Welcome to this Tuesday edition of The D Brief from Ben Watson and Jen Hlad. If you’re not already subscribed to The D Brief, you can do that here. On this day in 1901, Vice President Theodore Roosevelt was out hiking with family in the Adirondacks and had just come down from New York’s highest point, Mount Marcy, when a runner let him know that his boss, President William McKinley, was truly near death. It had been eight days since an anarchist shot McKinley twice in the stomach at close range in Buffalo, where POTUS25 rested in a hospital. And so Roosevelt rushed by stage coach to the nearest train station, North Creek. And it’s there that he learned in a brief, cryptic telegram that McKinley had indeed passed away at 2:30 a.m. Several hours later in Buffalo, surrounded by books in a private library at the home of his friend Ansley Wilcox, Theodore Roosevelt Jr. took the oath of office and became America’s 26th president.
The National Guard is helping bus students to school in Massachusetts “as districts across the country struggle to hire enough drivers,” the Associated Press reports from Boston. Training begins today for 90 of the estimated 250 troops called up to help in at least four cities north of Boston.
“The Guard has a proven track record of success supporting civilian authorities,” Republican Gov. Charlie Baker said in a statement. “Their frequent side-by-side training with state and local first responders makes them well-suited for a variety of missions.” Read on at AP, here.
This echoes a point Defense One’s Patrick Tucker made in our recent podcast about growing National Guard support for crises across the country, like COVID and climate change.
Joint Chiefs Vice Chairman Hyten sees an opportunity for a smaller defense budget. But for that to happen, “old or new weapons that do not address current and emerging threats must be set aside,” and lawmakers must “enact budgets on time each fiscal year, rather than passing continuing resolutions,” Roll Call’s John Donnelly reported Monday following Air Force Gen. John Hyten’s appearance at the Brookings Institution.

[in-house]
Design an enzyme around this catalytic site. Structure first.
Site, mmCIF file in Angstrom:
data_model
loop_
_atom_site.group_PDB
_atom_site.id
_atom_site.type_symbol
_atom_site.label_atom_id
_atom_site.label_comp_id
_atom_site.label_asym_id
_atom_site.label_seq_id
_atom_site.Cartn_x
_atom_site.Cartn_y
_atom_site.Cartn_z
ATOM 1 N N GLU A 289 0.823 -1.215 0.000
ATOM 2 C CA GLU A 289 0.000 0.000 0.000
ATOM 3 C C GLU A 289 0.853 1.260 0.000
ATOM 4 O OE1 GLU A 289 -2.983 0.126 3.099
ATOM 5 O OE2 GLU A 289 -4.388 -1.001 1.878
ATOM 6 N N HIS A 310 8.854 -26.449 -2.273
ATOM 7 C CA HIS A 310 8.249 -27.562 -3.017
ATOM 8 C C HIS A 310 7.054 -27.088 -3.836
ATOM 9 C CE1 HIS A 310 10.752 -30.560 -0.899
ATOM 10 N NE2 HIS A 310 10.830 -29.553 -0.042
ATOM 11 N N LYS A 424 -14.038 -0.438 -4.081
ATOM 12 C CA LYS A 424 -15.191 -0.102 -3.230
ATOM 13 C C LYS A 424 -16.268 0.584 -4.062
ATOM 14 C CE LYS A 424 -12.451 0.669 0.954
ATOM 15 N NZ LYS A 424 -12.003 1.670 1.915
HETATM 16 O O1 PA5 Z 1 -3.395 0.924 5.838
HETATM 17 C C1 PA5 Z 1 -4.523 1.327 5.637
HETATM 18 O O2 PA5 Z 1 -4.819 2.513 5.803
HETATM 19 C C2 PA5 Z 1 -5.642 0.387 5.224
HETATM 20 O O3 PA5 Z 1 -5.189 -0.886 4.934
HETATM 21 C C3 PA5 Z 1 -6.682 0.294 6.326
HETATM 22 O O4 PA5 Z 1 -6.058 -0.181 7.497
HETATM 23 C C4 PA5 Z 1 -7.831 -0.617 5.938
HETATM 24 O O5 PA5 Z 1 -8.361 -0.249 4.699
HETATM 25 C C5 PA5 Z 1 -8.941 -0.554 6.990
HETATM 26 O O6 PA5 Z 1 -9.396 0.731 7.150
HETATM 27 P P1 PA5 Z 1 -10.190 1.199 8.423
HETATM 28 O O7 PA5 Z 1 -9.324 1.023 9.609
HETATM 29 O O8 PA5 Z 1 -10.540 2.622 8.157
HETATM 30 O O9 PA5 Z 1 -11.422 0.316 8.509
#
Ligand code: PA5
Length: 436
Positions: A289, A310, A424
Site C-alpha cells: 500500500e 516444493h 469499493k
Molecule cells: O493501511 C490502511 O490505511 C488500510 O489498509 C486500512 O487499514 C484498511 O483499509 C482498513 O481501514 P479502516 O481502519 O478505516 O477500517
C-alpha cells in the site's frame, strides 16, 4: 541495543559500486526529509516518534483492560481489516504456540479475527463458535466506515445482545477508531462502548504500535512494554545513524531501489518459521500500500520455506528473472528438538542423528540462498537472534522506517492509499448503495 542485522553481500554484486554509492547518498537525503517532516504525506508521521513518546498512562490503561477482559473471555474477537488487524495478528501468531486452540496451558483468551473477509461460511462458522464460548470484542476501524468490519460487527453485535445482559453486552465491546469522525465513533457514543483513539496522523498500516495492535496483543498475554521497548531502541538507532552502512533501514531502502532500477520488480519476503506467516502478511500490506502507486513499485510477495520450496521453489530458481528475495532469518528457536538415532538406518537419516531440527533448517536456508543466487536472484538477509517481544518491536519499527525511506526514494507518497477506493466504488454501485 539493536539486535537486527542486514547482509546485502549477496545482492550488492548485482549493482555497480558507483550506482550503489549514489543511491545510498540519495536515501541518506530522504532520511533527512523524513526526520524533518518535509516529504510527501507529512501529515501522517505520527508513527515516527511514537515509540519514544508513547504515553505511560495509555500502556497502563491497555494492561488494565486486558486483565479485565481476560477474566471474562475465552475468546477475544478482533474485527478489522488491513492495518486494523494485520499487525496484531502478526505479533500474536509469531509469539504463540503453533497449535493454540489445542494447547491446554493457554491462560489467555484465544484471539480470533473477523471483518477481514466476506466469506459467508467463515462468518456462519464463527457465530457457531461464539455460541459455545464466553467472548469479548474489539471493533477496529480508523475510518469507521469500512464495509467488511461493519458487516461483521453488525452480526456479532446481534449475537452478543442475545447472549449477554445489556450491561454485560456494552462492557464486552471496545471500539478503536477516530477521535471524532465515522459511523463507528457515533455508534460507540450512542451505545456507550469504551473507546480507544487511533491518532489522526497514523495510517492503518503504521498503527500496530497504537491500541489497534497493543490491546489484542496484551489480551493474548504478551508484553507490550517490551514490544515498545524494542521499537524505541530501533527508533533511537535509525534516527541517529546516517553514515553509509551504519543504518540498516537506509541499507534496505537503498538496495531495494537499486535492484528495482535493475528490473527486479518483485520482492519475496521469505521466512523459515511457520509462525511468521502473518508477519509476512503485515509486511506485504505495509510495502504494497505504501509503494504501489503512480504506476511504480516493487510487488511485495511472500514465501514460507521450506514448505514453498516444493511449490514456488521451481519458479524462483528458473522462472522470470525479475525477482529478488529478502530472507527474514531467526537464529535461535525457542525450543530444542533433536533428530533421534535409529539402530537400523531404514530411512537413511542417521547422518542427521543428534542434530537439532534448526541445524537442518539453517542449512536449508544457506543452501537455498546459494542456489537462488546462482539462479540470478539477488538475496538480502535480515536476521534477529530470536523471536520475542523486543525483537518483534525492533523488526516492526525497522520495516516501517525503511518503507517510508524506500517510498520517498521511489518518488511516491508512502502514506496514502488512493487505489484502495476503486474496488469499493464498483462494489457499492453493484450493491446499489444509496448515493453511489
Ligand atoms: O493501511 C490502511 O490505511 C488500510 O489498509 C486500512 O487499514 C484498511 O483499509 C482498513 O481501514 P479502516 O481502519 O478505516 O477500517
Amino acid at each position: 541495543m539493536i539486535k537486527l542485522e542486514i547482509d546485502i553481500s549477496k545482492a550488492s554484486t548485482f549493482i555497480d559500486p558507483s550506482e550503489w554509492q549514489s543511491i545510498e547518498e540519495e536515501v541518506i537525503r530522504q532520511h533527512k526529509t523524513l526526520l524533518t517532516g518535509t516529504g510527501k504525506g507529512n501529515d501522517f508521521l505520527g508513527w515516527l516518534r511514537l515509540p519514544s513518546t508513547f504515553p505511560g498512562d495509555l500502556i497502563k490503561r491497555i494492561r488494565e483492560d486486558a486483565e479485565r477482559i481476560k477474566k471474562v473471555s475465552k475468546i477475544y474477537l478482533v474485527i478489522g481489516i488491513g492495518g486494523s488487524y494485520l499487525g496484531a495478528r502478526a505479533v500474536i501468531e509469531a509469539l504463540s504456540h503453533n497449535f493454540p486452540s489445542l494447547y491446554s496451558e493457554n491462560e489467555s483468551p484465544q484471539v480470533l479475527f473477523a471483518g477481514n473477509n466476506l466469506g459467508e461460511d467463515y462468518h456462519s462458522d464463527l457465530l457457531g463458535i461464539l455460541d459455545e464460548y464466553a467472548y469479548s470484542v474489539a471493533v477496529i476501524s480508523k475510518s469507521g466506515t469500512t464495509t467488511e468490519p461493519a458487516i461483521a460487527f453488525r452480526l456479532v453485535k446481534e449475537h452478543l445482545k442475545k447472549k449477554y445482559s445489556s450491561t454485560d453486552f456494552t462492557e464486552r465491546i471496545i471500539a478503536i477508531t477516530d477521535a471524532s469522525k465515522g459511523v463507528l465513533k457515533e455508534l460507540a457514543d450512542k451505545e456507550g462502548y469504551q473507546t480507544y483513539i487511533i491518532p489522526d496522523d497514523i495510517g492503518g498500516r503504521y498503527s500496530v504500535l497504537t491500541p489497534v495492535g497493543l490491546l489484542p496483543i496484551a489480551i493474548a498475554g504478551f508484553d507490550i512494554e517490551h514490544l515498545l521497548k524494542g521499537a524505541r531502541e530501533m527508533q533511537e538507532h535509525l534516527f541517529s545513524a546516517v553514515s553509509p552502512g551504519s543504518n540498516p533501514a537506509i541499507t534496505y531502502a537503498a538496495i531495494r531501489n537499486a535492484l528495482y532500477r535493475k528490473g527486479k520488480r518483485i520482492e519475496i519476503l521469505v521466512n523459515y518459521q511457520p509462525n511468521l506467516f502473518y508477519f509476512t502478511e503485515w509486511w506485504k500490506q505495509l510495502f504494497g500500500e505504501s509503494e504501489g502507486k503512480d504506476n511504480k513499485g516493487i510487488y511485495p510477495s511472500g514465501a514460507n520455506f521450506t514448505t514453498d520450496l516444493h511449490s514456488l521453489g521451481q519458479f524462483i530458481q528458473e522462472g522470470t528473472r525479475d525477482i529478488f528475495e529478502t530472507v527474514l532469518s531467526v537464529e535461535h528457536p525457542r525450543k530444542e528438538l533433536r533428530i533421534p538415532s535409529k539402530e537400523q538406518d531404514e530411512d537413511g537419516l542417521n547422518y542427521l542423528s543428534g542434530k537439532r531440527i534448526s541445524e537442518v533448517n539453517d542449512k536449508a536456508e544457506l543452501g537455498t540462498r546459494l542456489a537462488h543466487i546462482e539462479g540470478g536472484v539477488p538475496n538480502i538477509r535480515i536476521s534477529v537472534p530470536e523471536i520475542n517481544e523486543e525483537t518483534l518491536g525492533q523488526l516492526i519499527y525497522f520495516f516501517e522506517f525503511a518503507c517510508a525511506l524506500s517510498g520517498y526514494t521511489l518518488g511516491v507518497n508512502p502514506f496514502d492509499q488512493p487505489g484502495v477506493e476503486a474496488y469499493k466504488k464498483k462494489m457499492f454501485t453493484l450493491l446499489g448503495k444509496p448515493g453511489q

Where some of this seems to be coming from: “Hyten suggested that the inefficiencies created by continuing resolutions waste at least 5 percent of the budget,” Donnelly writes, noting that 5 percent is “the defense hawks’ preferred amount of annual spending increase.” Read on at Roll Call, here.
Critical cyber update for Apple users. If you use an iPhone or an iPad—any Apple devices, really—and you haven’t already updated them in the past 24 hours, you should do that now.
According to researchers at the University of Toronto’s Citizen Lab, there’s a new vulnerability in these devices that you don’t even have to click or engage with before it exploits your device. And just like with previous similar iterations of this “zero click remote exploit,” it comes from what Citizen Lab refers to as the “mercenary spyware company” NSO Group, based in Israel.
Big picture: “The discovery means that more than 1.65 billion Apple products in use worldwide have been vulnerable to NSO’s spyware since at least March,” the New York Times reports. It also “signals a serious escalation in the cybersecurity arms race, with governments willing to pay whatever it takes to spy on digital communications en masse.”
How bad is it? The exploit “can turn on a user’s camera and microphone, record messages, texts, emails, calls—even those sent via encrypted messaging and phone apps like Signal—and send them back to NSO’s clients at governments around the world,” the Times’ Nicole Perlroth writes, calling it “the Holy Grail of surveillance because it allows governments, mercenaries, and criminals to secretly break into someone’s device without tipping the victim off.”
Background: “NSO Group creates surveillance and hacking software that it leases to governments to spy on individuals’ computers and smartphones,” NBC News reminds us. “But Citizen Lab, a cybersecurity research center at the University of Toronto, has repeatedly found instances of Pegasus software used against journalists in Mexico who investigated cartels and Saudi Arabian dissidents, including associates of the slain Washington Post columnist Jamal Khashoggi.”
Caveat: “As is often the case with NSO Group hacking, the newly discovered exploit is both technologically remarkable but likely only used on people specifically targeted by governments who use the company’s software,” NBC writes. Read on, here—or at Citizen Lab, here.